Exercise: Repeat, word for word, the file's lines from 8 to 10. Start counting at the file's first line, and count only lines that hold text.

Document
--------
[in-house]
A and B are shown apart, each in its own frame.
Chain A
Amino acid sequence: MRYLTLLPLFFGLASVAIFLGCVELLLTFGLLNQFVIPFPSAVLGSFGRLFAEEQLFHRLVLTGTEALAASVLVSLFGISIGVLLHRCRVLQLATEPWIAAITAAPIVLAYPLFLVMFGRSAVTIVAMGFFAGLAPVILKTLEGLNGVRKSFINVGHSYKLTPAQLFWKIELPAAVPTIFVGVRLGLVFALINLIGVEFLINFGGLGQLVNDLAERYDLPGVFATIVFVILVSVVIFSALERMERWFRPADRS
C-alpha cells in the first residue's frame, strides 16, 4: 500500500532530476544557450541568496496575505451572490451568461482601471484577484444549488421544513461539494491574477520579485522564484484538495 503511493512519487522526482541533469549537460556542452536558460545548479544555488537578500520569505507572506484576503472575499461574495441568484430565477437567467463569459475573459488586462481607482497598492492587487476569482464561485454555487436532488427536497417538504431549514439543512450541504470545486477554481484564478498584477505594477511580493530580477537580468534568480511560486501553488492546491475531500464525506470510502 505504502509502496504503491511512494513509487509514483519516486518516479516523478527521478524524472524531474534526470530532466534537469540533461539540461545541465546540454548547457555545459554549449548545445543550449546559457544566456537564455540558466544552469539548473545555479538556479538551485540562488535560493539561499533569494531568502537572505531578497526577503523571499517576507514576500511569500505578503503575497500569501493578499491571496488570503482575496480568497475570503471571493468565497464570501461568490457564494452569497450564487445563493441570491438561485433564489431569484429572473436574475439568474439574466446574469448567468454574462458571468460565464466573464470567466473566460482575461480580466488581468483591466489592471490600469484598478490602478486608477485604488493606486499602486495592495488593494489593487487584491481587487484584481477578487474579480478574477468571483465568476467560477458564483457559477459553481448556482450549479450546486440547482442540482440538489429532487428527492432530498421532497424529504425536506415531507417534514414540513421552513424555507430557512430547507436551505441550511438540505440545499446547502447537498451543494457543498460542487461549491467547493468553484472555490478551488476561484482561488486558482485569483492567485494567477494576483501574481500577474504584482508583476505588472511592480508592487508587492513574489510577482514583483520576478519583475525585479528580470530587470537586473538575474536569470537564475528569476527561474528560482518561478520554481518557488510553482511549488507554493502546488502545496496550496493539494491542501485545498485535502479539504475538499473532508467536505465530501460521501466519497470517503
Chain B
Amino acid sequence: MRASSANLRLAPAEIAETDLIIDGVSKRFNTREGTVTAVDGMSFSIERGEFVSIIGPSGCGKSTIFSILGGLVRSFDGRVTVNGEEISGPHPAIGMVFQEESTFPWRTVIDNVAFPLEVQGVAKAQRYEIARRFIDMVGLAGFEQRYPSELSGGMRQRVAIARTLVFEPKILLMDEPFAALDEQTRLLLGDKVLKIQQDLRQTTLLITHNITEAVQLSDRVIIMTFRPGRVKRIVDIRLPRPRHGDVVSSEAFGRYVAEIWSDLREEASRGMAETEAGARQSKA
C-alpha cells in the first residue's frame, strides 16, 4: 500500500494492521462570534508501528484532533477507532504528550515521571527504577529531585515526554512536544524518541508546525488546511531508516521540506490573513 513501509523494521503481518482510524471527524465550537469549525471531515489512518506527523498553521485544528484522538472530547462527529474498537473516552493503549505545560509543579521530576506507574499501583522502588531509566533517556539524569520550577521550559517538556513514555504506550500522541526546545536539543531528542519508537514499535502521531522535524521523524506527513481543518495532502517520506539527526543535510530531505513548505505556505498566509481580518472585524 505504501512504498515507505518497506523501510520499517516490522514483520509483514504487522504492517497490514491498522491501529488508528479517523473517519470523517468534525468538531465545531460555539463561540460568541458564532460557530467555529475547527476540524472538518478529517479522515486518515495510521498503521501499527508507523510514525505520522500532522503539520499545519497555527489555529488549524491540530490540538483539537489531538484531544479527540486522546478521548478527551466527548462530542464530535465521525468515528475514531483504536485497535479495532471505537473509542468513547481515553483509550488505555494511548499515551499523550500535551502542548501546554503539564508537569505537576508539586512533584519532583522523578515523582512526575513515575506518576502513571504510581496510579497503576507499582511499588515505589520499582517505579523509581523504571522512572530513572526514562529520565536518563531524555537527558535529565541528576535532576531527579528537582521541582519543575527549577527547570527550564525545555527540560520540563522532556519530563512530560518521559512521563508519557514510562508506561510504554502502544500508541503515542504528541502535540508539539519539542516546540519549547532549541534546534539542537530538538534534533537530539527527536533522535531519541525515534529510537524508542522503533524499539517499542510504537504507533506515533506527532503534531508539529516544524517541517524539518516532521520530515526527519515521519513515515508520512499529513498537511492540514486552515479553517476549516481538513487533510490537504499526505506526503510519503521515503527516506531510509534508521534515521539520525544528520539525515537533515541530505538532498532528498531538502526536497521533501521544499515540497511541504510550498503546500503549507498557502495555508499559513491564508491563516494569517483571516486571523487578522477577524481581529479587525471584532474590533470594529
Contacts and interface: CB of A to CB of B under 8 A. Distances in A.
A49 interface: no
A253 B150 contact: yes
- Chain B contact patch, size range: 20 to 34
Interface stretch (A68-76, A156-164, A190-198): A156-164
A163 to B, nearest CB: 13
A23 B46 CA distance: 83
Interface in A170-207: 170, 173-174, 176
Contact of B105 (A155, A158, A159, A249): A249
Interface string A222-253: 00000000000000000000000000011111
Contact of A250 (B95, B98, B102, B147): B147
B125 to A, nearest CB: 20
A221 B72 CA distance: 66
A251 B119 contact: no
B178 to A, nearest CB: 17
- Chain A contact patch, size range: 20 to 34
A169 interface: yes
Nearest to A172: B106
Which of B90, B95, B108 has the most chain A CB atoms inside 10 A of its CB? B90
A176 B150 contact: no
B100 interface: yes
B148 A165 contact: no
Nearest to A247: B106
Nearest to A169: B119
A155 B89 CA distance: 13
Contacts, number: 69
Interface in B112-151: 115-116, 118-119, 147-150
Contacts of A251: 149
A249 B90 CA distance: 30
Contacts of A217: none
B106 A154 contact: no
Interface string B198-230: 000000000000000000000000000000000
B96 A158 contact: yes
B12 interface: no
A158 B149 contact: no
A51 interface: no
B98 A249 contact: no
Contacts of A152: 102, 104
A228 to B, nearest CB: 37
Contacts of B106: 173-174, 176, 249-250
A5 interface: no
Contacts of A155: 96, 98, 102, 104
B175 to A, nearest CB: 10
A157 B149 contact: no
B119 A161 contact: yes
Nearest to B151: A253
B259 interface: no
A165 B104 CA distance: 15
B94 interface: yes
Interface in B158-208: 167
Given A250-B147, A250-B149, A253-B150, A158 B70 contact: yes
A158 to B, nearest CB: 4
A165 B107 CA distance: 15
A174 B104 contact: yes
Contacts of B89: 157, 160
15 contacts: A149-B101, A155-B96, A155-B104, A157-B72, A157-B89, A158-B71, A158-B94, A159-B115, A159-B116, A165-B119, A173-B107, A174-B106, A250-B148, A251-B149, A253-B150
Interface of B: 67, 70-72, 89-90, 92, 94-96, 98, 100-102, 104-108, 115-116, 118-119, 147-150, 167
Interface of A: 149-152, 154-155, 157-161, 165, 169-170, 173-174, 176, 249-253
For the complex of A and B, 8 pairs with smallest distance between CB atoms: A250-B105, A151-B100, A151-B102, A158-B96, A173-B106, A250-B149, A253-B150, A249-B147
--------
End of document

C-alpha cells in the first residue's frame, strides 16, 4: 500500500494492521462570534508501528484532533477507532504528550515521571527504577529531585515526554512536544524518541508546525488546511531508516521540506490573513 513501509523494521503481518482510524471527524465550537469549525471531515489512518506527523498553521485544528484522538472530547462527529474498537473516552493503549505545560509543579521530576506507574499501583522502588531509566533517556539524569520550577521550559517538556513514555504506550500522541526546545536539543531528542519508537514499535502521531522535524521523524506527513481543518495532502517520506539527526543535510530531505513548505505556505498566509481580518472585524 505504501512504498515507505518497506523501510520499517516490522514483520509483514504487522504492517497490514491498522491501529488508528479517523473517519470523517468534525468538531465545531460555539463561540460568541458564532460557530467555529475547527476540524472538518478529517479522515486518515495510521498503521501499527508507523510514525505520522500532522503539520499545519497555527489555529488549524491540530490540538483539537489531538484531544479527540486522546478521548478527551466527548462530542464530535465521525468515528475514531483504536485497535479495532471505537473509542468513547481515553483509550488505555494511548499515551499523550500535551502542548501546554503539564508537569505537576508539586512533584519532583522523578515523582512526575513515575506518576502513571504510581496510579497503576507499582511499588515505589520499582517505579523509581523504571522512572530513572526514562529520565536518563531524555537527558535529565541528576535532576531527579528537582521541582519543575527549577527547570527550564525545555527540560520540563522532556519530563512530560518521559512521563508519557514510562508506561510504554502502544500508541503515542504528541502535540508539539519539542516546540519549547532549541534546534539542537530538538534534533537530539527527536533522535531519541525515534529510537524508542522503533524499539517499542510504537504507533506515533506527532503534531508539529516544524517541517524539518516532521520530515526527519515521519513515515508520512499529513498537511492540514486552515479553517476549516481538513487533510490537504499526505506526503510519503521515503527516506531510509534508521534515521539520525544528520539525515537533515541530505538532498532528498531538502526536497521533501521544499515540497511541504510550498503546500503549507498557502495555508499559513491564508491563516494569517483571516486571523487578522477577524481581529479587525471584532474590533470594529
Contacts and interface: CB of A to CB of B under 8 A. Distances in A.
A49 interface: no